- #1

- 2

- 0

1 / 0 = x, so x * 0 = 1

But 0 does not equal 1, so x / 0 is unsolvable.

Oh, and I'm new to forums so if this shouldn't be here you can delete it.

- Thread starter Poolala
- Start date

- #1

- 2

- 0

1 / 0 = x, so x * 0 = 1

But 0 does not equal 1, so x / 0 is unsolvable.

Oh, and I'm new to forums so if this shouldn't be here you can delete it.

- #2

- 95

- 2

Perhaps you want to look at:

[itex]\underbrace{lim}_{i->0} \frac{Sin(x)}{x} = 1[/itex]

[itex]\underbrace{lim}_{i->0} \frac{Sin(x)}{x} = 1[/itex]

- #3

Simon Bridge

Science Advisor

Homework Helper

- 17,857

- 1,655

$$\lim_{x\rightarrow 0}\frac{\sin(x)}{x}=1$$

... mathematicians can set up numbers to do all kinds of things.

- #4

Hurkyl

Staff Emeritus

Science Advisor

Gold Member

- 14,916

- 19

This argument makes the assumption that, whenever x/y is defined, the equation y(x/y) = x holds. It also makes the assumption that x0 is always defined, and it is 0.

1 / 0 = x, so x * 0 = 1

But 0 does not equal 1, so x / 0 is unsolvable.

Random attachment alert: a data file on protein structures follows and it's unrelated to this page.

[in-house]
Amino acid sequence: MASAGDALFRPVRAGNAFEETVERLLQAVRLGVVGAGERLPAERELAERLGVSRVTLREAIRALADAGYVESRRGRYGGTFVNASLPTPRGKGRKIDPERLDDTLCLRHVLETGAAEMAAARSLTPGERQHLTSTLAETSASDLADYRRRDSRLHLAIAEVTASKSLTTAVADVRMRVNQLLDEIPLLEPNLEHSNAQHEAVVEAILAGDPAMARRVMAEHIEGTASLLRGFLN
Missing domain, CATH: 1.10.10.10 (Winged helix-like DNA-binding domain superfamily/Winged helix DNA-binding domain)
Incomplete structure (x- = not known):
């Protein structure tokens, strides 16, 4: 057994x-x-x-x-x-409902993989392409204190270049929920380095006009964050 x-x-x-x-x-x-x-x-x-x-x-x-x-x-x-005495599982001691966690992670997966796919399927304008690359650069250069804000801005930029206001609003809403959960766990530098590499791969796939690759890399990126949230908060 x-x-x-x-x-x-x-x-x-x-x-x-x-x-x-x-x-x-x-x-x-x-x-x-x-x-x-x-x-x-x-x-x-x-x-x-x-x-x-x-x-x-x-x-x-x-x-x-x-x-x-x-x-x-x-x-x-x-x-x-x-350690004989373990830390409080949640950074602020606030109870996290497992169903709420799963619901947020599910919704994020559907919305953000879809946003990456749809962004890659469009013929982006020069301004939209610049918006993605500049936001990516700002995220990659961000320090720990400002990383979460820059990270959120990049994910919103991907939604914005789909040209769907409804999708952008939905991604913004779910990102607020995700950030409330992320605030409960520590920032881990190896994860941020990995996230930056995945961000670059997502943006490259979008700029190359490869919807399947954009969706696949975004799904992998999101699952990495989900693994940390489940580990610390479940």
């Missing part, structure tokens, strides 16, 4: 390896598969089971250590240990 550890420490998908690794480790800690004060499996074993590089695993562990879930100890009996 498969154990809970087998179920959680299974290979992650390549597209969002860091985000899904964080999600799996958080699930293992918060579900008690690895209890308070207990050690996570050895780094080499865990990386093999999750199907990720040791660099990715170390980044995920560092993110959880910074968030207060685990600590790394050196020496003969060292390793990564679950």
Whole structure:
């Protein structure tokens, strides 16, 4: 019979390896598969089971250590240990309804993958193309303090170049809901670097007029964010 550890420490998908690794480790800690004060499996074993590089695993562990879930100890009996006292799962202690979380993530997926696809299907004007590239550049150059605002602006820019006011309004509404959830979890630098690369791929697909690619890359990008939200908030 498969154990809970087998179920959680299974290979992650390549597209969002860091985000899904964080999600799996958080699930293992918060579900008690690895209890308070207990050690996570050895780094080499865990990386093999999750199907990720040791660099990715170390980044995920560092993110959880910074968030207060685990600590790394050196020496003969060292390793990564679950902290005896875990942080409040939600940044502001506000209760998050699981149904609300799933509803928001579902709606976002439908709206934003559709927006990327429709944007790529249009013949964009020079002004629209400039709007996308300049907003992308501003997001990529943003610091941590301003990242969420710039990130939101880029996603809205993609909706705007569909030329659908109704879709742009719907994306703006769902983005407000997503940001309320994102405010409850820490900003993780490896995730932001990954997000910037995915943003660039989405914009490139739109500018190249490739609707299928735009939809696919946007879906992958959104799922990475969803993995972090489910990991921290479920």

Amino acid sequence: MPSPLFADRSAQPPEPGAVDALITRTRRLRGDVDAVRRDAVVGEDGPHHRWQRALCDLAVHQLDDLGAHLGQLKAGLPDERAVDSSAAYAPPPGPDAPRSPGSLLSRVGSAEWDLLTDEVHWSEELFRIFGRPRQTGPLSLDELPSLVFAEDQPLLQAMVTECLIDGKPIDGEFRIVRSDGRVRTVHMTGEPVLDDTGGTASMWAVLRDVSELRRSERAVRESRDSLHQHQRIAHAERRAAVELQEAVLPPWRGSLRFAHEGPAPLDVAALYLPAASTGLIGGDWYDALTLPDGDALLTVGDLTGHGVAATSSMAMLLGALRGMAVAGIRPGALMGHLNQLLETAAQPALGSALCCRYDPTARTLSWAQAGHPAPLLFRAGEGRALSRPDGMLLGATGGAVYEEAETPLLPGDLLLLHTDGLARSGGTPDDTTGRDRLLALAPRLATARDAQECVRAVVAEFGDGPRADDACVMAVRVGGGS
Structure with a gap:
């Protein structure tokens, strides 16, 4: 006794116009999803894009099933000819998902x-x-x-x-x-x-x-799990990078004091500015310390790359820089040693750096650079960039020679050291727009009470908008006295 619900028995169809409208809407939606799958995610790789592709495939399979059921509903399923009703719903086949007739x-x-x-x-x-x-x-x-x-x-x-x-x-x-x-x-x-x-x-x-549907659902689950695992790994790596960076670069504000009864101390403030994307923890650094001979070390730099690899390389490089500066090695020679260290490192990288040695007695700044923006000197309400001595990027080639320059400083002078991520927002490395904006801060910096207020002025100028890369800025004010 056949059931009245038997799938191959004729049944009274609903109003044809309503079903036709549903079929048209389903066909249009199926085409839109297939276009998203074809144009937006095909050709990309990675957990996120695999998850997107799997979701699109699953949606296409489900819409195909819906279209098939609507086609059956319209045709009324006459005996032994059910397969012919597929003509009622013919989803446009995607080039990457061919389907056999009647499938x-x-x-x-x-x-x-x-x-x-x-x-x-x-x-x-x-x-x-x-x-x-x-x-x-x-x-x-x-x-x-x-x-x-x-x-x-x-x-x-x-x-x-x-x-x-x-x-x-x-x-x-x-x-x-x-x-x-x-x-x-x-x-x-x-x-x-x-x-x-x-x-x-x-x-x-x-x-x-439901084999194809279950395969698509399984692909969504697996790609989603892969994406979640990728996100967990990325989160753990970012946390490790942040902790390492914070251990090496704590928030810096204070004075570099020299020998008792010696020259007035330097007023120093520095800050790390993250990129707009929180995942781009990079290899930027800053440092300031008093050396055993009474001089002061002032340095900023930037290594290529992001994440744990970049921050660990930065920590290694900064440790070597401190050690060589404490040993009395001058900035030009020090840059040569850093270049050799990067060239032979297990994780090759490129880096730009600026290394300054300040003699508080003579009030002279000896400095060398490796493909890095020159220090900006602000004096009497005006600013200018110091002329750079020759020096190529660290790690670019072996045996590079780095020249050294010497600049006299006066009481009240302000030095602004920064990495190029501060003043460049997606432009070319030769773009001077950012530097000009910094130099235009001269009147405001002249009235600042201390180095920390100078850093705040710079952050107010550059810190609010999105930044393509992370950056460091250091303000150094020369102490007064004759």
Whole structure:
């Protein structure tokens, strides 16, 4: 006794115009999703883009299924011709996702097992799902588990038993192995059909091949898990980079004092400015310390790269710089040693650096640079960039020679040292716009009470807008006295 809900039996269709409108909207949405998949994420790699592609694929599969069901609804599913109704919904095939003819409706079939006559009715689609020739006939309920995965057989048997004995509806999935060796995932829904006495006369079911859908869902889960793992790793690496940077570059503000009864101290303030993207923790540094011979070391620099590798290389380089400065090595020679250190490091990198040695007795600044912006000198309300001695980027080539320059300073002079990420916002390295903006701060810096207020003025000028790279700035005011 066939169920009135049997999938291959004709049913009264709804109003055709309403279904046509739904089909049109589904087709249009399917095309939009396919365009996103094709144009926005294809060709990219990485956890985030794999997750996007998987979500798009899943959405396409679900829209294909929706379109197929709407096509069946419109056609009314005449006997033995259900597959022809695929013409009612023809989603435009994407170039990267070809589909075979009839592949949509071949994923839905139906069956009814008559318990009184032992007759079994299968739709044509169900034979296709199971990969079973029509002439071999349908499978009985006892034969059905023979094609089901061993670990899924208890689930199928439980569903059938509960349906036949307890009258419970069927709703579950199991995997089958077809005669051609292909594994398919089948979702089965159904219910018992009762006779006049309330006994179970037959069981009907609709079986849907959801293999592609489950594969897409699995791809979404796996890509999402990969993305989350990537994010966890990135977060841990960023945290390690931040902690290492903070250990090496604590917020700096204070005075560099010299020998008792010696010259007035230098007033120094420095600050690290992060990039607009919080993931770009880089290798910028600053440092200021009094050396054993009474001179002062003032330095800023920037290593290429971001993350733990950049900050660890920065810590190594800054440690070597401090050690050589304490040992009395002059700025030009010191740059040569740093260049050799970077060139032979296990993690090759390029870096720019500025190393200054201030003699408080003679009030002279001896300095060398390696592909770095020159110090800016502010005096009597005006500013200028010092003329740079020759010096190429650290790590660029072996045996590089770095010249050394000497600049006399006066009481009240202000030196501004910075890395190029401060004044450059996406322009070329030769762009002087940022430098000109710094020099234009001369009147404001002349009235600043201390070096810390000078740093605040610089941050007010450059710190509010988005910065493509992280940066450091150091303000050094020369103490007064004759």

Oh, and I'm new to forums so if this shouldn't be here you can delete it.

Both of these assumptions are, indeed, true for the real number system, and the complex number system. But other important number systems do not have these properties.

RamaWolf is talking about something different (although some people have trouble distinguishing the two).

- #5

HallsofIvy

Science Advisor

Homework Helper

- 41,833

- 961

Yes, that's a perfectly valid proof that the number 0 (or the additive identity in any field with more than one member) does not have an inverse.

1 / 0 = x, so x * 0 = 1

But 0 does not equal 1, so x / 0 is unsolvable.

Oh, and I'm new to forums so if this shouldn't be here you can delete it.

True but has nothing to do with the topic here.Perhaps you want to look at:

[itex]\underbrace{lim}_{i->0} \frac{Sin(x)}{x} = 1[/itex]

- #6

- 2

- 0

Oh, and I've been thinking: does 0 / 0 = 1, or is it undefined?

- #7

- 841

- 0

In most number systems 0/0 is undefined. Only a few exotic number systems have defined it and that is outside my scope.Oh, and I've been thinking: does 0 / 0 = 1, or is it undefined?

- Last Post

- Replies
- 39

- Views
- 13K

- Last Post

- Replies
- 18

- Views
- 12K

- Replies
- 2

- Views
- 7K

- Replies
- 2

- Views
- 2K

- Replies
- 7

- Views
- 9K

- Last Post

- Replies
- 1

- Views
- 517

- Last Post

- Replies
- 3

- Views
- 4K

- Last Post

- Replies
- 1

- Views
- 2K

- Last Post

- Replies
- 5

- Views
- 12K

- Last Post

- Replies
- 2

- Views
- 7K